I was an avid hunter prior to moving to Illinois. Living in Virginia, I would often head to the mountains to enjoy this recreation of choice. Since moving here, I have had many invitations to go hunting; however, my time was limited to these types of enjoyments due to balancing my responsibilities. Though I loved the sport, the venison stew, and the thrill of accomplishment when riding home with the prize – the thing I miss most during the months of November through January is the quietness one experiences while sitting and waiting in the woods.
I love every opportunity I get to break away while I am traveling and find a patch of woods and navigate to a quiet place with my Bible in hand to enjoy the sounds of nature. It brings delight to my soul and joy to my ears to hear nothing but squirrels walking, deer feeding, or a bird landing on a branch 40-feet away. Silence is truly golden! I leave the woods with the stillness of the forest refreshing my mind. What a treasure!
It seems our “iPod” wearing culture has truly forgotten what it is like to be silent. It is “normal” to almost always hear a television or stereo blaring nearly everywhere you go. Most airports I frequent have a quiet lounge area; however, I recently noticed one airport exchanged this area with a “cell phone use” so as to not bother the people watching the televisions in the two adjacent areas. So, instead of a quiet area and two noisy areas, they now have three noisy areas!
God often speaks to us in the silence. David said that he waited in silence for God. Psalm 62:5 “My soul, wait thou only upon God; for my expectation is from him.” The constant temptation in a time of growing crisis is to be “up and doing”. Inactivity seems to be the worst possible policy. “Do something, anything! Don’t just sit there! Do something!” That is Satan’s advice to the soul. Satan uses high pressure tactics. He is the one who urges us to act impulsively and prayerlessly. Occasionally, of course, the Holy Spirit will prompt an exercised, sensitive believer to do something on the spur of the moment, but that is not His usual way. He gives us time to be still. Be still is just plain old good advice to anyone in a crises.
Jesus often sought the Father in the silence of the wilderness as recorded in Luke 5:16, as did others in the Bible. Unfortunately, most people run from silence today. Researching this topic of silence and noise, I came upon an article written by Joshua Birk in Breakpoint.org where he writes, “Noiselessness is so unsettling because … we are afraid of the answers that might pounce on us.” He goes on to say, that venturing into silence “is both counter-intuitive and counter-cultural. Yet it makes perfect sense to a God Who loves to speak in whispers to make sure we are listening.”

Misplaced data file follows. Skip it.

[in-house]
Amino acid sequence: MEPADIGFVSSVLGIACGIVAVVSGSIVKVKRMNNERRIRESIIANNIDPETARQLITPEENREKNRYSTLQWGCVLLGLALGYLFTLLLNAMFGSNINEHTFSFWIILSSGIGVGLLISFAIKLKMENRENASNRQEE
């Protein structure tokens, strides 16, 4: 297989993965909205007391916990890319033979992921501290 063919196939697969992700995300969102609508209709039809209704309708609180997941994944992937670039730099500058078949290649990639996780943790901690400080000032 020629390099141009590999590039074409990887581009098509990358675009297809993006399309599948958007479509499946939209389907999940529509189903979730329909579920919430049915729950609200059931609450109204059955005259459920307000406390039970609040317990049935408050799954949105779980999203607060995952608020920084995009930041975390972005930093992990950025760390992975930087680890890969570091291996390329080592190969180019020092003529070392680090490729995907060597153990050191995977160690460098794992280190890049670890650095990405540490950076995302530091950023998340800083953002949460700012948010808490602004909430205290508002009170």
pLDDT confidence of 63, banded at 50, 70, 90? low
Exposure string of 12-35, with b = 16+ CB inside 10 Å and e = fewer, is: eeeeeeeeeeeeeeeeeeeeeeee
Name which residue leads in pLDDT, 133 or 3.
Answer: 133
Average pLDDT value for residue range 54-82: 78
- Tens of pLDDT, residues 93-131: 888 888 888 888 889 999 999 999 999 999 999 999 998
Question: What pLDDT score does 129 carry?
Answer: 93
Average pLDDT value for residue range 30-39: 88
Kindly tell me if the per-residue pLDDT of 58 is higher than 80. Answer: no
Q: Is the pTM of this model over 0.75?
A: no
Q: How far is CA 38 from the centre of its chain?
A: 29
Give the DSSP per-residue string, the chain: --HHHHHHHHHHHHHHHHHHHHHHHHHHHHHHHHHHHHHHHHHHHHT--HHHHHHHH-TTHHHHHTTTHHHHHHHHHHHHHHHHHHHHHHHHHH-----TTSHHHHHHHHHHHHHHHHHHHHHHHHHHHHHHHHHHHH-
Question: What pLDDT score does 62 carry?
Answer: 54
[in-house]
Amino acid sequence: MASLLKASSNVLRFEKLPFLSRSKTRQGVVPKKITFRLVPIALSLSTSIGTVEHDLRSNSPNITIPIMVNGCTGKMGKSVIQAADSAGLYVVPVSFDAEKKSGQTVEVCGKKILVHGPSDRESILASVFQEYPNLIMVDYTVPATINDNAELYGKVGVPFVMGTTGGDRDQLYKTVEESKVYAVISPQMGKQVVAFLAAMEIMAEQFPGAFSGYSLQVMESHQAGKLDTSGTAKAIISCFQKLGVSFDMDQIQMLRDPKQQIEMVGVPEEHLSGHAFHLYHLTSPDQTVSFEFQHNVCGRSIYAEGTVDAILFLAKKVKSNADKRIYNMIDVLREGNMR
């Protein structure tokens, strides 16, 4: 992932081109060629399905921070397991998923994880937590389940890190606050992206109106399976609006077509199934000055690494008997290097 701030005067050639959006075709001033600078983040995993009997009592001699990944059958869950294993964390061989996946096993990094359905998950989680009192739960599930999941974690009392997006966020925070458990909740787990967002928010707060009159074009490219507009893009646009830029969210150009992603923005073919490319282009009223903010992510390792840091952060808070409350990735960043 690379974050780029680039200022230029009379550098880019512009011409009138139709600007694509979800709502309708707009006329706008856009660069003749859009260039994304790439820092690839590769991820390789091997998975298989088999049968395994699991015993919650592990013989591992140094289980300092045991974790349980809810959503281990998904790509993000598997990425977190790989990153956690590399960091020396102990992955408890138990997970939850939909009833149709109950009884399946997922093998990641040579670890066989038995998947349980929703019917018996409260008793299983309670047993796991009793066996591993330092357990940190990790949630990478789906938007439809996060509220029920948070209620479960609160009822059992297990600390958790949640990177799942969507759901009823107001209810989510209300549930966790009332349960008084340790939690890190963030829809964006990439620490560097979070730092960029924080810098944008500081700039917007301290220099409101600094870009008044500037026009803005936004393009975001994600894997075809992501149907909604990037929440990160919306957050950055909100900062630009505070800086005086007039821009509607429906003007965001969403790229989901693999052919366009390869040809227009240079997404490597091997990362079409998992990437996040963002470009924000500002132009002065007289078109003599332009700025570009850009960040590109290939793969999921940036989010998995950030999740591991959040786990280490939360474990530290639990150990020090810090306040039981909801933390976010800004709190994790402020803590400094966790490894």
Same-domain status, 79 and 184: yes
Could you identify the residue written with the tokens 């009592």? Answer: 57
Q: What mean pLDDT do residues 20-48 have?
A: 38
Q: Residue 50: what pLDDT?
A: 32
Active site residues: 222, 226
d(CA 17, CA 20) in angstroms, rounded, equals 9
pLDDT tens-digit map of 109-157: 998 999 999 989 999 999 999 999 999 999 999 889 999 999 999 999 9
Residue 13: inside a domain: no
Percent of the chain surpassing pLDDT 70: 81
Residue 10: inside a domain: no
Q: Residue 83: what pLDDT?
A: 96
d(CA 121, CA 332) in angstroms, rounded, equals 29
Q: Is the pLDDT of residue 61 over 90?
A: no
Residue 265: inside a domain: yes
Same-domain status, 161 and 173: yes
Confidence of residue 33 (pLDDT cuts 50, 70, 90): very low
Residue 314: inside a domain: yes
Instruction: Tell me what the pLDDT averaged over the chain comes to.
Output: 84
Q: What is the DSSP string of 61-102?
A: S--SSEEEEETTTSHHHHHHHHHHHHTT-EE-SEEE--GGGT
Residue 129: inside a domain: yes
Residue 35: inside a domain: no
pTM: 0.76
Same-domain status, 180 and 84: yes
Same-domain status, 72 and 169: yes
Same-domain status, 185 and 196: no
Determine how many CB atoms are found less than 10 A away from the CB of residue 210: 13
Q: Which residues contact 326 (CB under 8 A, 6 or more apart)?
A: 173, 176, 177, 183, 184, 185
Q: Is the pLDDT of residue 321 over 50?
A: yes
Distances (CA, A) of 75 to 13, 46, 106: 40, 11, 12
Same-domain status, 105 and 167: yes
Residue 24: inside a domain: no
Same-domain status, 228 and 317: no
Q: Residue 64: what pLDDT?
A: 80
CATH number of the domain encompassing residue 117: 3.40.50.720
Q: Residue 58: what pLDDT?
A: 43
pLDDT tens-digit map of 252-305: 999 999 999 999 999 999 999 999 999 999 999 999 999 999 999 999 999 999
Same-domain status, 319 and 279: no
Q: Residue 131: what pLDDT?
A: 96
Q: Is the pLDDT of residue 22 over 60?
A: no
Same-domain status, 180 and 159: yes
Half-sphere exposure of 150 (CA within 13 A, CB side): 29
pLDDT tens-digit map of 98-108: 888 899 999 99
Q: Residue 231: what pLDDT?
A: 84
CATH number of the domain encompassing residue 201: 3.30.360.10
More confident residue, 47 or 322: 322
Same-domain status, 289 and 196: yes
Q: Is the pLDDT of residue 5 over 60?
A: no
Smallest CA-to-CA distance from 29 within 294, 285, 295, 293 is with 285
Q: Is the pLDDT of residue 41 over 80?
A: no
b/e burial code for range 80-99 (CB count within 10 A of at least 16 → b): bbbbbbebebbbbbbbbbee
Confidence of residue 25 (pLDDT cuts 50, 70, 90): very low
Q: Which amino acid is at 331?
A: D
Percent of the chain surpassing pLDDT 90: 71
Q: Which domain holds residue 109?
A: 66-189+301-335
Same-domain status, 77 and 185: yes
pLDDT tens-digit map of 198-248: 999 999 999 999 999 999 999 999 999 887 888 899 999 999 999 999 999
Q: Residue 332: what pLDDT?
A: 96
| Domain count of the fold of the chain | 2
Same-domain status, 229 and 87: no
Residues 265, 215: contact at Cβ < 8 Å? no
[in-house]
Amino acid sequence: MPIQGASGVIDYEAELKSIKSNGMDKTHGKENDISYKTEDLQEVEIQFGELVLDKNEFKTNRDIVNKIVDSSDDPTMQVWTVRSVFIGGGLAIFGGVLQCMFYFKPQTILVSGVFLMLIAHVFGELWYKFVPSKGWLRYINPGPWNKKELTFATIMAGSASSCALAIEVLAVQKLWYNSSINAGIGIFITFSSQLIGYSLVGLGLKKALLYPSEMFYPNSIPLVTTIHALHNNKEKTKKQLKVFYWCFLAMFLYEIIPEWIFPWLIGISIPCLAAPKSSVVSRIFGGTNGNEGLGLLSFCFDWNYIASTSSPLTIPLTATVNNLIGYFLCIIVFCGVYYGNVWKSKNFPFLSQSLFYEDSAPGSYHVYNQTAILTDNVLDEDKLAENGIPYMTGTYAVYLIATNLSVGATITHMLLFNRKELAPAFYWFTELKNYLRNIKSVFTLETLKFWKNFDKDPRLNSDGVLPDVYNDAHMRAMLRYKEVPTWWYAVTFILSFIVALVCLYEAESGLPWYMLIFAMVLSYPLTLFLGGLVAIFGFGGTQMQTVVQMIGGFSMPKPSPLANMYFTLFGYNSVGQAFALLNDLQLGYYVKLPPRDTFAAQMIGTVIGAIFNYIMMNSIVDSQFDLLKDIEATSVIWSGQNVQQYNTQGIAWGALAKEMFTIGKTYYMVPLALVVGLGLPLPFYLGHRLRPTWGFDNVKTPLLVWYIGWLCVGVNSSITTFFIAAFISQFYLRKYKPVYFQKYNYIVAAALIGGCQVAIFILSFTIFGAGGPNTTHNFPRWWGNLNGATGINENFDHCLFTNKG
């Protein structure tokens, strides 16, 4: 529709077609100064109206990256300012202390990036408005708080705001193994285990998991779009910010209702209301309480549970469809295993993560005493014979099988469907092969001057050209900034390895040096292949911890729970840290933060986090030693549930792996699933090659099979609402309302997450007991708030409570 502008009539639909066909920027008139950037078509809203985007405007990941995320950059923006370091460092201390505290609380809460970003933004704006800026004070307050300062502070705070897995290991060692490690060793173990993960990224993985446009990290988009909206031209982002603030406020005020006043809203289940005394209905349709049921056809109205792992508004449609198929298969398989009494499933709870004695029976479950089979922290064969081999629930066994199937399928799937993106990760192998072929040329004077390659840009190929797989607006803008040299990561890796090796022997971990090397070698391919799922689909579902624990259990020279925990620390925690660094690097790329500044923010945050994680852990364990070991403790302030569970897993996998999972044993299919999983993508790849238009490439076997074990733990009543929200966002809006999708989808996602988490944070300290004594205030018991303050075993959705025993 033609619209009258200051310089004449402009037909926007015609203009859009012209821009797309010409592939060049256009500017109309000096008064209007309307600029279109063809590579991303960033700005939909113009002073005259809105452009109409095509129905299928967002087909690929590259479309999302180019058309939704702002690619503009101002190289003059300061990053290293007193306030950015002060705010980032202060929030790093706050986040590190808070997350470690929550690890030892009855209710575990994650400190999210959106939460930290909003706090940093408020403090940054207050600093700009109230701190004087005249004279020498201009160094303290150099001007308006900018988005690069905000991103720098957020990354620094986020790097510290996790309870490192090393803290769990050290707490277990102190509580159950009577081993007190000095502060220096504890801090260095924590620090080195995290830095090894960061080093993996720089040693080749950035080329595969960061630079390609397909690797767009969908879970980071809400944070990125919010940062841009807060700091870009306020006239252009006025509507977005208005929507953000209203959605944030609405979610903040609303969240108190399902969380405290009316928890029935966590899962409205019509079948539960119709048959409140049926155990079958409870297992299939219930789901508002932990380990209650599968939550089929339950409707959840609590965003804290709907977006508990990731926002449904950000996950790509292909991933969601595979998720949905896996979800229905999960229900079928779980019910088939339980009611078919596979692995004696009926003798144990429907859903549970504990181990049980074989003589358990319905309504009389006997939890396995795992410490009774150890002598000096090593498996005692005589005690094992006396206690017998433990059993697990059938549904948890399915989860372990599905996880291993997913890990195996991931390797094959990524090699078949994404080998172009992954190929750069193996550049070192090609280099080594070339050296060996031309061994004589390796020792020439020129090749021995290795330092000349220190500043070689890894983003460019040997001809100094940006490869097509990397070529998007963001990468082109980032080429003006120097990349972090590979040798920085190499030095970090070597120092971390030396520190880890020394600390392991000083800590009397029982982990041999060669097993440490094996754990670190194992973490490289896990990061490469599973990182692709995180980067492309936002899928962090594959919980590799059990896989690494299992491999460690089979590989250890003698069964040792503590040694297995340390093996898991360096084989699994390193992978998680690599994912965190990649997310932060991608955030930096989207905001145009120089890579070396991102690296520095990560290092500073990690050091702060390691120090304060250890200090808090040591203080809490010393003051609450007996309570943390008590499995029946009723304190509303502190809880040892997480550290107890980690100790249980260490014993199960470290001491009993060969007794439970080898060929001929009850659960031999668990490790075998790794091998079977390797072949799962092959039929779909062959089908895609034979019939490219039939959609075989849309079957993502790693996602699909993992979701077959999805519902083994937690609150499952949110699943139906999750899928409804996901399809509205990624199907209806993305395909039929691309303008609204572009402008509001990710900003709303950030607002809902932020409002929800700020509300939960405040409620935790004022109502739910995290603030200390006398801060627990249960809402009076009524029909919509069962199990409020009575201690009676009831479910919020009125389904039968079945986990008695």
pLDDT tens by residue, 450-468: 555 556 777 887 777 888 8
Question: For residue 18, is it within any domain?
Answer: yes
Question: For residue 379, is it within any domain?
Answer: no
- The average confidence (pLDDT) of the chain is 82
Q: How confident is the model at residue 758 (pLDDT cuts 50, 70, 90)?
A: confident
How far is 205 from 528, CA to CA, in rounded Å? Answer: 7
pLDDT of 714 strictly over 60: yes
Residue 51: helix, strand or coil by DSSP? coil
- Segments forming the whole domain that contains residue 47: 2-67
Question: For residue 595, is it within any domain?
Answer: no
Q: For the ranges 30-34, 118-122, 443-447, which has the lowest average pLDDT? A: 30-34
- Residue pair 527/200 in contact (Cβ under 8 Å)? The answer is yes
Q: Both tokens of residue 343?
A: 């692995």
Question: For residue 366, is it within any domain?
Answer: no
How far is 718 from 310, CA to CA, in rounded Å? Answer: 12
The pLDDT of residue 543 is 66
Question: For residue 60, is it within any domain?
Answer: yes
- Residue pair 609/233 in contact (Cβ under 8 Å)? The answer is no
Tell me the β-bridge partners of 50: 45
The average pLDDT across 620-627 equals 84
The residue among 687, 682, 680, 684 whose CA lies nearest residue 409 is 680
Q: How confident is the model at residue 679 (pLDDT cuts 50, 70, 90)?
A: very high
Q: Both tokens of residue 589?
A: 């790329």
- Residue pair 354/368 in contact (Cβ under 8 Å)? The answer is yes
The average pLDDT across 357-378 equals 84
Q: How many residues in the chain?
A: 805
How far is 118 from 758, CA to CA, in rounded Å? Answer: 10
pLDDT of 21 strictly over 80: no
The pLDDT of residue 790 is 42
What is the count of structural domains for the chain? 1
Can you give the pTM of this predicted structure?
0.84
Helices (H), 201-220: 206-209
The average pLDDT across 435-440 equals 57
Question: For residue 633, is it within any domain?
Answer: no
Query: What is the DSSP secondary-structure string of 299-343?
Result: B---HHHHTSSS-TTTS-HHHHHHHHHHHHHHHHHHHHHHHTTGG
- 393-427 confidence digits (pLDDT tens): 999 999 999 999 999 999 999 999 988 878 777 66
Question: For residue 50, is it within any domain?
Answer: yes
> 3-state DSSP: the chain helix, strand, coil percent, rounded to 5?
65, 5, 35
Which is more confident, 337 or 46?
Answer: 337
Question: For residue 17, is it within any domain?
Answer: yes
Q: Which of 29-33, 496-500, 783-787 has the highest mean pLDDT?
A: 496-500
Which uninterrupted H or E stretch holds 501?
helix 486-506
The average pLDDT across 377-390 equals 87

He continues with these words, “Silence paralyzes modern man. Take out the iPod ear buds, turn off the cell phone, unplug the television, and we just might be able to hear it-that crippling hush that frightens us. As Henri Nouwen writes in Reaching Out, ‘When we have no project to finish, no friend to visit, no book to read, no television to watch . . . and when we are left all alone by ourselves we are brought so close to the revelation of our basic human aloneness and are so afraid of experiencing an all-pervasive sense of loneliness that we will do anything to get busy again and continue the game which makes us believe that everything is fine after all’.”
Silence paralyzes us because it is during times of silence that we are most often reminded of our deep-seated loneliness. Is this why our culture is so afraid of “noiselessness” and the answers it might bring? Can it be that in our media-overloaded society we have just forgotten what it is like to experience the joy of silence? Perhaps it is just not practical for most people to go off into the wilderness these days and find a quiet spot. (This, however, is something I plan to do again in 2011!) But you can find a spot where you can sit in silence and listen…
Psalm 46:10a, “Be still, and know that I am God…”. Do you have a regularly scheduled “quiet time” with God?? Or are you afraid of what He might actually say?? Though I dearly love my quiet times in the woods, I have continued to carve out a few moments of time (regularly) to find some quiet place, created by my God, and relish in those moments with Him. Sometimes, I cannot get outside, but I can turn off the radio or CD player in my car on my weekly trip to the airport alone, and let God speak to me as I ride silently. Perhaps, today, leave the T.V. off, turn off the radio, leave the iPod in a drawer…and let God speak in the quiet moments of your day.